Computer Aids for VLSI Design
Steven M. Rubin
Copyright © 1994

Chapter 8: Programmability

Section 5 of 5

8.5 Summary

Programmability is that extra control over the design process that allows any circuit to be produced. It extends the power of all tools and defines new, special-purpose ones. Given that hardware is often described algorithmically, a CAD system that has the ability to use those algorithms in design can consider all specifications.

Programs for design can exist in many forms, from traditional imperative text to purely graphical and declarative. Graphic programming is particularly attractive in an environment that is inherently spatial. Also, declarative programming is preferred because of its appeal to the nonprogrammers who typically do design. It simplifies issues of hierarchy and merges well with the overall design effort.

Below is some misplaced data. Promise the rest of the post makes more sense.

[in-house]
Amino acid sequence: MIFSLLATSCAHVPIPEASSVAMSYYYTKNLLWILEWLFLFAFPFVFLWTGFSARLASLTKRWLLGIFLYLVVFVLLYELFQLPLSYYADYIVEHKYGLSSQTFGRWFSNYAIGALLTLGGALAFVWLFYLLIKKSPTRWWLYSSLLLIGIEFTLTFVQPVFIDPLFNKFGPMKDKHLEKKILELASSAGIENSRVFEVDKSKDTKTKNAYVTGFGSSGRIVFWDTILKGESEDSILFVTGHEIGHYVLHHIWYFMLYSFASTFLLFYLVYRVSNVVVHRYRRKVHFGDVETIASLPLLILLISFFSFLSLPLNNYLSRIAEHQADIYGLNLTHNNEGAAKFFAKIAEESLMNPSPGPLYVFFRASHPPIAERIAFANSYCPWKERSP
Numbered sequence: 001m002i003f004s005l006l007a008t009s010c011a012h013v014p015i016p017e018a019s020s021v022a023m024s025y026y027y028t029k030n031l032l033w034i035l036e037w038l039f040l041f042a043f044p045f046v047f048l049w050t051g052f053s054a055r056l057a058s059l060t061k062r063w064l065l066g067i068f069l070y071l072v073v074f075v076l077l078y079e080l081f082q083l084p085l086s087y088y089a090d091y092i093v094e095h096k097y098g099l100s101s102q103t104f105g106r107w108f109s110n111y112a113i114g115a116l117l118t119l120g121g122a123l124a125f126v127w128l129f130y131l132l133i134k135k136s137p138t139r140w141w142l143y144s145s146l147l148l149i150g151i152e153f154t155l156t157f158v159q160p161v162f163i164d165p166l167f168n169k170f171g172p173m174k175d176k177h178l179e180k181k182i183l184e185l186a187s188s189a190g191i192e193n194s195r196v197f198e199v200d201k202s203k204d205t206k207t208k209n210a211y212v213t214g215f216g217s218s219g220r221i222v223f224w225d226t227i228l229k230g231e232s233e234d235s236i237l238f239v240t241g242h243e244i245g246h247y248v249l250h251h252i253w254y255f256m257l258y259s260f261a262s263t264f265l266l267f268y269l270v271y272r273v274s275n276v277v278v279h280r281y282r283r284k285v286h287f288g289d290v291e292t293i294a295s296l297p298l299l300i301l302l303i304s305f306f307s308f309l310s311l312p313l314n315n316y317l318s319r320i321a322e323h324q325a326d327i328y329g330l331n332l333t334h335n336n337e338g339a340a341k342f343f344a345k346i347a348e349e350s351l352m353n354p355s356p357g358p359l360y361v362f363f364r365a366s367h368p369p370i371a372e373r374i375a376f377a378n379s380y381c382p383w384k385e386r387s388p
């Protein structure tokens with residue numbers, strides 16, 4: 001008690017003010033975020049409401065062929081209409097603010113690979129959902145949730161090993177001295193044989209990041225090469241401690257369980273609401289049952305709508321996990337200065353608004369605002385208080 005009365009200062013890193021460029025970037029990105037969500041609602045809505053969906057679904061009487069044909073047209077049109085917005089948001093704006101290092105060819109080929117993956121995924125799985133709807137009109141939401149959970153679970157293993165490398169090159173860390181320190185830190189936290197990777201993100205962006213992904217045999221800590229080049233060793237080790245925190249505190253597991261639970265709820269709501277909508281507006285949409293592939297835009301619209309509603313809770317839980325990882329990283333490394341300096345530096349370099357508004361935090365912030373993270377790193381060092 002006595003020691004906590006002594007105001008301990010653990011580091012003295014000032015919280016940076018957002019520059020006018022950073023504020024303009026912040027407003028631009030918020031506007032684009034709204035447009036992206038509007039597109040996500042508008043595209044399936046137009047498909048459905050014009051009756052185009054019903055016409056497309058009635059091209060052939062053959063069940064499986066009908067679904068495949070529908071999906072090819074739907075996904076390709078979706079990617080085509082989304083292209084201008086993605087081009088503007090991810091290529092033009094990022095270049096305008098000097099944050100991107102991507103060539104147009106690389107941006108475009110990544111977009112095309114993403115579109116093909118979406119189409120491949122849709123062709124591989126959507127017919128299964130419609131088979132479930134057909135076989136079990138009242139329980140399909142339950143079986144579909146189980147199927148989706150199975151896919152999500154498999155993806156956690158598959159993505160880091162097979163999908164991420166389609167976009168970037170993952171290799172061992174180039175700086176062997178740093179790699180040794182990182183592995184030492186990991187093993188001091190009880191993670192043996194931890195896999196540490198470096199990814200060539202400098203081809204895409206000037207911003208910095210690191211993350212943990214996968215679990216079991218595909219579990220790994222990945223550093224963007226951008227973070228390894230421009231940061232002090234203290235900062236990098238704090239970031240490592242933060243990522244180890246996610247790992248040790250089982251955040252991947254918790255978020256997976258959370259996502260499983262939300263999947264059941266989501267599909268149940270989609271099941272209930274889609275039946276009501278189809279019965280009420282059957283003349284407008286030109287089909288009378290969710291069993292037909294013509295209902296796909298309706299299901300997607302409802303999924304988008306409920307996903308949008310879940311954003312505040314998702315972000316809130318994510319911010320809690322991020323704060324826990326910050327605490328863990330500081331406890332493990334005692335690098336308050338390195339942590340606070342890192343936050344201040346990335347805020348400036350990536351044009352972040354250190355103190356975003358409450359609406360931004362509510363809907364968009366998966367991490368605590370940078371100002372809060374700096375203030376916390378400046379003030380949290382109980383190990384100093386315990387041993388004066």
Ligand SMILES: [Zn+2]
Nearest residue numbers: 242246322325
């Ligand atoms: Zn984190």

1. What is the danger of using an embedded language for hardware description?
  2. Why do designers dislike programming?
  3. How would you maintain an association between a conditional expression and its resulting graphics?
  4. Why is a collection of linear inequalities a poor way to describe layout?
  5. How would you eliminate unnecessary processing when solving constraints with parallel methods?
  6. What is the most difficult aspect of implementing parameterized cells?
  7. Why is there a need to link textual and graphical descriptions of a circuit?


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